Read real teacher answers to our most interesting On a Drop of Dew questions.

"Purple Flower"

The "purple flower" of Marvell's metaphysical poem (though the poet is late for the standard Metaphysical era) is the lavender rose. Flower historians say that lavender roses were grown in ancient Roman gardens and were used in their petal scented baths. Popular also in English cottage gardens (perhaps a gift left by the retreating Roman Empire) and were used medicinally by apothecaries (preparers of herbal and floral medicines and drugs) during the Medieval period.

In the 1800s a rose with a deeper shade of purple was developed as a hybrid, but the lavender rose, understandably called "purple" by the seventeenth century poet (1621-1678), is an ancient and deeply symbolic rose that has two symbolic meanings. Firstly, it symbolizes deep love at first sight, sometimes love at first sight that is only a passing infatuation since the lavender rose is soon faded. Secondly, it symbolizes royalty through the aspects of majesty and splendor.

Following the Subject of the Poem

It may be difficult for some of us to follow the topic of Marvell's poem because of the compression of the poet's language. Once the poem is mastered, it seems self-evident how the topic unfolds, but at first some may be confused. There are two linguistic threads to follow that can help lead way through the movement of the topic: (1) the pronouns and (2) the shifts between metaphor subjects, specifically "soul" and "world."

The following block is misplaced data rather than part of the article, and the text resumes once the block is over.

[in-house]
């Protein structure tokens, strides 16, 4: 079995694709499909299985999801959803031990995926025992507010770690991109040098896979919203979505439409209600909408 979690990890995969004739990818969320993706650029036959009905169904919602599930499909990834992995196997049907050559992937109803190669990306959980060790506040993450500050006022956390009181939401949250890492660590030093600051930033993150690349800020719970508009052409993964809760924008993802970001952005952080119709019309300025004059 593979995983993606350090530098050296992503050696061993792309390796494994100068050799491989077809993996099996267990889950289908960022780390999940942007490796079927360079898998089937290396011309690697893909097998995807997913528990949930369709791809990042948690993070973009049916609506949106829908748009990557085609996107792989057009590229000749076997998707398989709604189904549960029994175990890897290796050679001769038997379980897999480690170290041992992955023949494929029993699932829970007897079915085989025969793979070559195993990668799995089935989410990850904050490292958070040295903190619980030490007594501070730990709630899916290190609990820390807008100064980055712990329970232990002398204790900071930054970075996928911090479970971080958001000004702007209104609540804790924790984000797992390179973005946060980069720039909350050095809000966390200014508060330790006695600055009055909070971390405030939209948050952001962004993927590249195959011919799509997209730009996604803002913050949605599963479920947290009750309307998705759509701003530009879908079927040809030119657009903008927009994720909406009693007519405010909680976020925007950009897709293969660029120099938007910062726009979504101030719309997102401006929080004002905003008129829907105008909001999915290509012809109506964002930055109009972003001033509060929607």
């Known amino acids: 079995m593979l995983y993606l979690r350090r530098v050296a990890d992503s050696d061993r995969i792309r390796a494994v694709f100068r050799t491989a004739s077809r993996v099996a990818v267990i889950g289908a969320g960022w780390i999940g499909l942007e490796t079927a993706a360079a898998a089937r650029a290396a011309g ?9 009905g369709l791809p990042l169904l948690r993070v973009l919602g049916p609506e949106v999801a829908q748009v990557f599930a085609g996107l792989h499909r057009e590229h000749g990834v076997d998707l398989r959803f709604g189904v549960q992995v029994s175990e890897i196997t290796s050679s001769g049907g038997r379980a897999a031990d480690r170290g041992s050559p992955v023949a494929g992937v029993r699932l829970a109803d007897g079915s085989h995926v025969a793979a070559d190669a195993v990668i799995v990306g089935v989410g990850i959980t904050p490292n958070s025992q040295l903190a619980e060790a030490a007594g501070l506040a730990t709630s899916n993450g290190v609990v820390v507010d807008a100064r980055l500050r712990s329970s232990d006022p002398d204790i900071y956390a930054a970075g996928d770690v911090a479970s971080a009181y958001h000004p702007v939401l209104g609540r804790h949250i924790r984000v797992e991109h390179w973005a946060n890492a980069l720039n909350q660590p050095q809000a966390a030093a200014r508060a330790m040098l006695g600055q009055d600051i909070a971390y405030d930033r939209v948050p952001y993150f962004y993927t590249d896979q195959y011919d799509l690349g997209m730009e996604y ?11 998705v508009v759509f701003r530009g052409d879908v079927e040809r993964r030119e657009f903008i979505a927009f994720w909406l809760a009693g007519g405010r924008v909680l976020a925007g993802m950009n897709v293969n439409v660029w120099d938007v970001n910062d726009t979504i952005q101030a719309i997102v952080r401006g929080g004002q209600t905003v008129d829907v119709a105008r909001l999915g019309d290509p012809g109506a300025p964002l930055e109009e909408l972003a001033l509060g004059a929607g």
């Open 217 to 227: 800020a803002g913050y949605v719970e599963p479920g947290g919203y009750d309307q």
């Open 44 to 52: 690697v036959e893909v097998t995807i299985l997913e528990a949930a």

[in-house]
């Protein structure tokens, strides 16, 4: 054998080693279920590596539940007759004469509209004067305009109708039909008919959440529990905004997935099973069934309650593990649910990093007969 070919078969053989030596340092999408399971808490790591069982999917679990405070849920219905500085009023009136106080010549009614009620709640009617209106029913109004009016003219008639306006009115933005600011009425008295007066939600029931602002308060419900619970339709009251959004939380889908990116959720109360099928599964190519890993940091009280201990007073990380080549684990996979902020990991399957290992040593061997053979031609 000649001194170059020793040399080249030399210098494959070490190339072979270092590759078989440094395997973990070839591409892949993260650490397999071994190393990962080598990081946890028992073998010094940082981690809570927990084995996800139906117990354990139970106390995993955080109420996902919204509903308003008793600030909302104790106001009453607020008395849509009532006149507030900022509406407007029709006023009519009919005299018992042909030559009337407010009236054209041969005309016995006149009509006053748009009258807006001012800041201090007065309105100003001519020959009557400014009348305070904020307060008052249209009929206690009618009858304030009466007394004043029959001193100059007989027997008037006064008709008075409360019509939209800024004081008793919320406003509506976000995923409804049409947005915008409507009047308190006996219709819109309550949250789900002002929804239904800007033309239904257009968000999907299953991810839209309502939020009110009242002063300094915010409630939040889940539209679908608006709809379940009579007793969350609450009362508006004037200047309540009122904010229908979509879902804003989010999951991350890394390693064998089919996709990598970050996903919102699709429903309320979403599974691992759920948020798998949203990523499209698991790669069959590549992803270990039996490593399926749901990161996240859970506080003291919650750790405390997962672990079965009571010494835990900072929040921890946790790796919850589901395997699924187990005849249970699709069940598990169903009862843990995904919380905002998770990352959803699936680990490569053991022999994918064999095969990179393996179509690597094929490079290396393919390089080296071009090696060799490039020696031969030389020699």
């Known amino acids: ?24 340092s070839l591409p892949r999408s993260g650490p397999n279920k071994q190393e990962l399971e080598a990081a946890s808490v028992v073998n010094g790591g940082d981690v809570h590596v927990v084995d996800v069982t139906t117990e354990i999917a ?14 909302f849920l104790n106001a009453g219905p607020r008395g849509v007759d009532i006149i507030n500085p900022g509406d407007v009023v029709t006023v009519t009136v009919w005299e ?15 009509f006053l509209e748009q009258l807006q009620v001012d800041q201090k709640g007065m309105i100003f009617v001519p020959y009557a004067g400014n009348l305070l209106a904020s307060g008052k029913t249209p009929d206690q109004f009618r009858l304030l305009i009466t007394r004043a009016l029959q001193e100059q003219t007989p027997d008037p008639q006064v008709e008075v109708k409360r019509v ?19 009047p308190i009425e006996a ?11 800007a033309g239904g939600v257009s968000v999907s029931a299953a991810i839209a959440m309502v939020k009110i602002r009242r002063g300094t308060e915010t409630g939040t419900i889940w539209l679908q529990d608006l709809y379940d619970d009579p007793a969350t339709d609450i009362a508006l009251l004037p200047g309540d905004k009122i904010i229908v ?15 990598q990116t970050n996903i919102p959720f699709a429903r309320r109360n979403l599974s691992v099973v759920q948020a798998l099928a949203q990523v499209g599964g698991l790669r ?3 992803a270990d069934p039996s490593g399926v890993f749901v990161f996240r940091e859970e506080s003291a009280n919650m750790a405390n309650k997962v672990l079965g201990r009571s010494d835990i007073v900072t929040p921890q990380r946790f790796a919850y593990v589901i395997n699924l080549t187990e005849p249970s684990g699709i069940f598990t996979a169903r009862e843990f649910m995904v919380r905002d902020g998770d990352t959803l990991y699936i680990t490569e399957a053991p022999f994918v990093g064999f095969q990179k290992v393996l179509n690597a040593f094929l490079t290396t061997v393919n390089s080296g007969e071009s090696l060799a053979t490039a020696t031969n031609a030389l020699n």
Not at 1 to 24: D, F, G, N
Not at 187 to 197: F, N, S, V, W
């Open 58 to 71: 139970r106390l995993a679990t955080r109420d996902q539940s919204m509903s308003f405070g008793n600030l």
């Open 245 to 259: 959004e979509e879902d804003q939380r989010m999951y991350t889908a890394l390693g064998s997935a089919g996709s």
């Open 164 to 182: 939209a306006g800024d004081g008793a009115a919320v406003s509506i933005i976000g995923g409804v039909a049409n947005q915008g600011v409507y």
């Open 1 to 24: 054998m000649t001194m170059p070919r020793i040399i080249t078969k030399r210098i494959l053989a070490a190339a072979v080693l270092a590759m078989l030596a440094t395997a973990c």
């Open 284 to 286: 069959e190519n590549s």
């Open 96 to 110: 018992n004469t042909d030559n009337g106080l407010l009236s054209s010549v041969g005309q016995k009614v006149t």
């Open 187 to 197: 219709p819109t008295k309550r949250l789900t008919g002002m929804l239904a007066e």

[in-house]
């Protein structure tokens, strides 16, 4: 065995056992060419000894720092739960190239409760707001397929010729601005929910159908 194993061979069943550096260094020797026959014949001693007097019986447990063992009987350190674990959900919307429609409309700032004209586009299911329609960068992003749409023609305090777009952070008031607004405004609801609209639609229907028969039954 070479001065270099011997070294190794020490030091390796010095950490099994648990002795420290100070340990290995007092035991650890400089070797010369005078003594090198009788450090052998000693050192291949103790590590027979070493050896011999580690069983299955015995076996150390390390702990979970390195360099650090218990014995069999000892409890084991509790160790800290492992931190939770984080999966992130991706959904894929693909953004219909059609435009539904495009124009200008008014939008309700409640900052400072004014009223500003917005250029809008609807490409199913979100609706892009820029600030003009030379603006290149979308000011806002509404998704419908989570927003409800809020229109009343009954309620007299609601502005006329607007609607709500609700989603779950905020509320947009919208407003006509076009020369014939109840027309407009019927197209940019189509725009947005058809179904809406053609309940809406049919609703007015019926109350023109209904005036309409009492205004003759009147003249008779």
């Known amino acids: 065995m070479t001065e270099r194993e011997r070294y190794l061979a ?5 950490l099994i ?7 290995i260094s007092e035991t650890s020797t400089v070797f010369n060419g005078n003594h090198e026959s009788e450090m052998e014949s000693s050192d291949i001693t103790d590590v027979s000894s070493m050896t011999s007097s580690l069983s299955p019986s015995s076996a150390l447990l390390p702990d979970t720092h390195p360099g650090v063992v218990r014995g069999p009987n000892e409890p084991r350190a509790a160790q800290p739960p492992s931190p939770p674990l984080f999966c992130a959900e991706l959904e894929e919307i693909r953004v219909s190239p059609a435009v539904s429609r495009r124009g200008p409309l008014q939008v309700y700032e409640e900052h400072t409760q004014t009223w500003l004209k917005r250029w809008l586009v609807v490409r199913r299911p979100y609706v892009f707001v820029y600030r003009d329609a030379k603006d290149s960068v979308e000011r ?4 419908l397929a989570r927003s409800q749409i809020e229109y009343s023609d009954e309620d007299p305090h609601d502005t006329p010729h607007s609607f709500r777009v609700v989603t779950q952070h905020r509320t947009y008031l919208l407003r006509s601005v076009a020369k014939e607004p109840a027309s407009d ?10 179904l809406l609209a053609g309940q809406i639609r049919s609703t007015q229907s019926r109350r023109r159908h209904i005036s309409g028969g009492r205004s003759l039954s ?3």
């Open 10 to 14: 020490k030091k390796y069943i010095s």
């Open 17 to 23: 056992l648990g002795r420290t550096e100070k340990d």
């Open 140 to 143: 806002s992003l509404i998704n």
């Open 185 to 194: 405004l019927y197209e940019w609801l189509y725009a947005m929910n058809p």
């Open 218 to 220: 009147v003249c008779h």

The first thread to follow is the pronouns used. The subject of the poem is the "dew." Though the "rose" enters immediately, the topic does not shift to the rose: there is no digression from the "dew." From line 4 to "And to the skies exhale it back again," the pronouns it, its, 'twas [it was] itself, all substitute for "dew" in "orient dew" of line 1, "See how the orient dew."

Marvel does shift what he compares the dew to, so the second thread to follow are the shifts from the description of the dew to the comparisons that follow. The first comparison is between the "orient dew" and the human "soul":

So the soul, that drop, that ray   Of the clear fountain of eternal day,

From here until "Does, in its pure and circling thoughts, express," all the it, its pronouns substitute for "soul." This section is short and is followed by a comparison between the "round" dew and the "world," ending "It all about does upwards bend."

The last four lines, two couplets, return to describing the "dew" in "Such did the manna’s sacred dew distill" and ending with "Into the glories of th’ almighty sun." The poem begins with a direct mention of "dew" and ends with direct mention of "dew." [A couplet is two lines that have end rhymes: distill/chill and run/sun.]